Many women leaders, who have become essential components of the Gaon-Xobha (village meet), are also emerging as opinion makers and the ambassadors of development politics.

In recent visits by Prime Minister Narendra Modi and at many other election rallies, many leaders of SHGs became a source to mobilising people.

But Ratna Bharali Talukdar, an eminent independent journalist from Northeast India sounds a cautionary note: “The primary goal of SHGs was to generate income. But with time, we have seen different governments depositing money into their accounts. So there is a shift from the goal of doing an activity to generate income and thus many times the empowerment does not occur. But this has also led women to be seen as the source of money at time of emergencies.”

Talking about the role these SHGs are going to play in upcoming elections, she adds,”In most political rallies, parties are trying to mobilise middle-aged women. So they are going to be an important voice in the upcoming elections, but this does not directly transform to upliftment, which was the major aim of these SHGs.”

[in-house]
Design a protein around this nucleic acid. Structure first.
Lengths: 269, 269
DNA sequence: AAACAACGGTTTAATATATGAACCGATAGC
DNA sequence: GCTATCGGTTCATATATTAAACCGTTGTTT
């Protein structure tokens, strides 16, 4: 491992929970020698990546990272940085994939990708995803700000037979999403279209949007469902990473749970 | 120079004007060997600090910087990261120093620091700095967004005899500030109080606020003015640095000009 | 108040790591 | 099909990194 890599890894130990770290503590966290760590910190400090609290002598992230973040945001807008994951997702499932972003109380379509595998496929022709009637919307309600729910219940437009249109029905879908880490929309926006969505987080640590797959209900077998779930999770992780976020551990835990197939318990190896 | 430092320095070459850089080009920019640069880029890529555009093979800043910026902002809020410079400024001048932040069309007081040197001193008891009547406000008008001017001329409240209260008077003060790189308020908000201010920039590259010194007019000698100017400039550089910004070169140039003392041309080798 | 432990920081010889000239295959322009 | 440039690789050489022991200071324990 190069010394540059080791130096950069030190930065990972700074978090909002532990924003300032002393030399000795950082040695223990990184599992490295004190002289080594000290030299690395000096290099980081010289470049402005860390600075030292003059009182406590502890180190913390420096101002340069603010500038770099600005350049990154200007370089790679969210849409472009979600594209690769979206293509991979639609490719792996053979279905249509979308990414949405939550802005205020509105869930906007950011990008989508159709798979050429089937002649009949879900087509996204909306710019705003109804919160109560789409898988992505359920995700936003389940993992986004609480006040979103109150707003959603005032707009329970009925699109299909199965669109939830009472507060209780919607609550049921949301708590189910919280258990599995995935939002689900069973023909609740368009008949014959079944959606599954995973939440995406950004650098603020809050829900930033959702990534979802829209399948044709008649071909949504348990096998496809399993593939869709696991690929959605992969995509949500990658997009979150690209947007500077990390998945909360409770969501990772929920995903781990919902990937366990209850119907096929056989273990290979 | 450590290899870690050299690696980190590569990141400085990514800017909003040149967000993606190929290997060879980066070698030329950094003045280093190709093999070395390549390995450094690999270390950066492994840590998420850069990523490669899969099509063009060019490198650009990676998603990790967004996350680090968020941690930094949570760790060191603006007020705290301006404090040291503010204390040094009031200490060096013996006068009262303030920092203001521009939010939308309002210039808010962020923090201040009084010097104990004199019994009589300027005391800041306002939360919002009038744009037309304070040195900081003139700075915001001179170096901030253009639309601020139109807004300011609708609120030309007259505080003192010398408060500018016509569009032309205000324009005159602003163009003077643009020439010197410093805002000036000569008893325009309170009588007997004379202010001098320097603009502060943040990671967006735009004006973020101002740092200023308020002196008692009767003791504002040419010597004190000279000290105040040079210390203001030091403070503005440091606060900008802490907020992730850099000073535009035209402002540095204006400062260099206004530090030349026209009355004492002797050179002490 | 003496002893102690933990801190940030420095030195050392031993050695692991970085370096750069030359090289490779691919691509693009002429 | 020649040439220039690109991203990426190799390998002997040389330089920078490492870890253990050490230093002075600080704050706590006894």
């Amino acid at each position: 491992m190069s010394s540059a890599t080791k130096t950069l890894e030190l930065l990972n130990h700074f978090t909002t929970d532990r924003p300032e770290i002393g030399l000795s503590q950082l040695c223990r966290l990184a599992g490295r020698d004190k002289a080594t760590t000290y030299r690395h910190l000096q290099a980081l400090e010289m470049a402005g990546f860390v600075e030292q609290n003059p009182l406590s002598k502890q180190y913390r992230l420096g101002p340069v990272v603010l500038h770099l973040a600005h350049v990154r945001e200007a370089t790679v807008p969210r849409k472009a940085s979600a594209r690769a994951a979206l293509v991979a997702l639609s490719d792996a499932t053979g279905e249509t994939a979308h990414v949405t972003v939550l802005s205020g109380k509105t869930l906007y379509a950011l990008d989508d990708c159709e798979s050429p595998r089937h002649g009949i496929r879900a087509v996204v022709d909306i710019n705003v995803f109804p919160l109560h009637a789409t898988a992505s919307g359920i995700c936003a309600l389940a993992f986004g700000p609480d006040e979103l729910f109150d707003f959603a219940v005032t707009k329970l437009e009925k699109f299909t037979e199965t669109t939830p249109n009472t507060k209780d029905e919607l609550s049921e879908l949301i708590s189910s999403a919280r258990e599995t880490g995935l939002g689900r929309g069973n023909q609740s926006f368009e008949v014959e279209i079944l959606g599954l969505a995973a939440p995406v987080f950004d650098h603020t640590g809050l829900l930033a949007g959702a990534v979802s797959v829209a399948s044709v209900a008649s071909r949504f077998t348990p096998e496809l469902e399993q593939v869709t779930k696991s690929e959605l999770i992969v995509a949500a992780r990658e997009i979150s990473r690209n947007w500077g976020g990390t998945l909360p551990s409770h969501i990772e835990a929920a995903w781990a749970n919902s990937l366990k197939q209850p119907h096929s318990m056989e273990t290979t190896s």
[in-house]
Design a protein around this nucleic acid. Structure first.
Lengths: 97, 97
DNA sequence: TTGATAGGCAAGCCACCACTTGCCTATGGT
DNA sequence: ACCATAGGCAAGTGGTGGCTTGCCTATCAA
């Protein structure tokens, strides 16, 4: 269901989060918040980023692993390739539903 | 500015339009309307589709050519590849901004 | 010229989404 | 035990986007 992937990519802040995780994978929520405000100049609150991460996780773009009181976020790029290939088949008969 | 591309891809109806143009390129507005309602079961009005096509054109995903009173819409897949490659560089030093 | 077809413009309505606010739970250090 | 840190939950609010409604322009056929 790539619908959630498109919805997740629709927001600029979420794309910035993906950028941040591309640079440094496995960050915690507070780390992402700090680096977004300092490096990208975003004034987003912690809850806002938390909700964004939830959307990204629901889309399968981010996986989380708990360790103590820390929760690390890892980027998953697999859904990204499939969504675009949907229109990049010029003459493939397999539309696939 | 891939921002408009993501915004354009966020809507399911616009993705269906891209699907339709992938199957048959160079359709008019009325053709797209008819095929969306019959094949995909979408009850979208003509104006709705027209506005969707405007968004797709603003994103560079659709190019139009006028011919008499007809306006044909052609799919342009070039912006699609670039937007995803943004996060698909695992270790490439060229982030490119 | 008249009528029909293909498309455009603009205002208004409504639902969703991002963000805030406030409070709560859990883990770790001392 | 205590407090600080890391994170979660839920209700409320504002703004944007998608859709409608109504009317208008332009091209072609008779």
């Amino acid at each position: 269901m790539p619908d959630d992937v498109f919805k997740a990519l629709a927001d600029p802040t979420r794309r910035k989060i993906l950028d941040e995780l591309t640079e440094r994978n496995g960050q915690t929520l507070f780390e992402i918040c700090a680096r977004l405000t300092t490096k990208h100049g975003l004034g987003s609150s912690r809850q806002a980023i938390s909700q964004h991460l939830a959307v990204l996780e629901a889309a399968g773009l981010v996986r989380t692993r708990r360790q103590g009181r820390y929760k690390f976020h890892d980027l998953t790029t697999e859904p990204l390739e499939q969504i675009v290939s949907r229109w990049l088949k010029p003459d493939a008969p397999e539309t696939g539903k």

Dulali (name changed), a woman from a SHG in Dergaon, echoes the same sentiment. “I work in a tea garden with a very little salary. Since I am not registered, I am working as a faltu worker (the name given to unregistered workers). So even though I am in an SHG, it won’t do me any good until my primary source of income increases. And thus my participation in SHG doesn’t necessarily transform into a vote.”

“Whenever we meet, we discuss different problems of our society and how we as a unit can stand up to solve the same,” said an SHG member in Furkating of Golaghat.

So, though these SHGs are receiving help from different missions and programmes, it does not necessarily translate into votes for the government.

Assam Assembly Election 2021 From financial inclusion to spurring entrepreneurship SHGs are driving development

A woman from an SHG in Barampur village of Darrang district. Image procured by Abhishek Kabra

“Recently, the son of a member was selected for a very good job in a PSU. His mother used to take loans for his school and university fees. Thus the group holds a big credit in his success,” said Runu Bora, an SHG member from Sivsagar.

Different SHGs have different modus operandi. Finalising it, representing the group in many intervention programmes, attending as trainees, receiving and spreading gender sensitisation, production of sanitary napkins, taking action against drug abuse and domestic violence, many Self-Help Groups are defying patriarchal beliefs to set examples of leadership and empowerment.

These groups with names such as Sanjivani, Ramdhenu, Pragati have become harbingers of development, adding colours of hope to lives that were previously only confined to the home.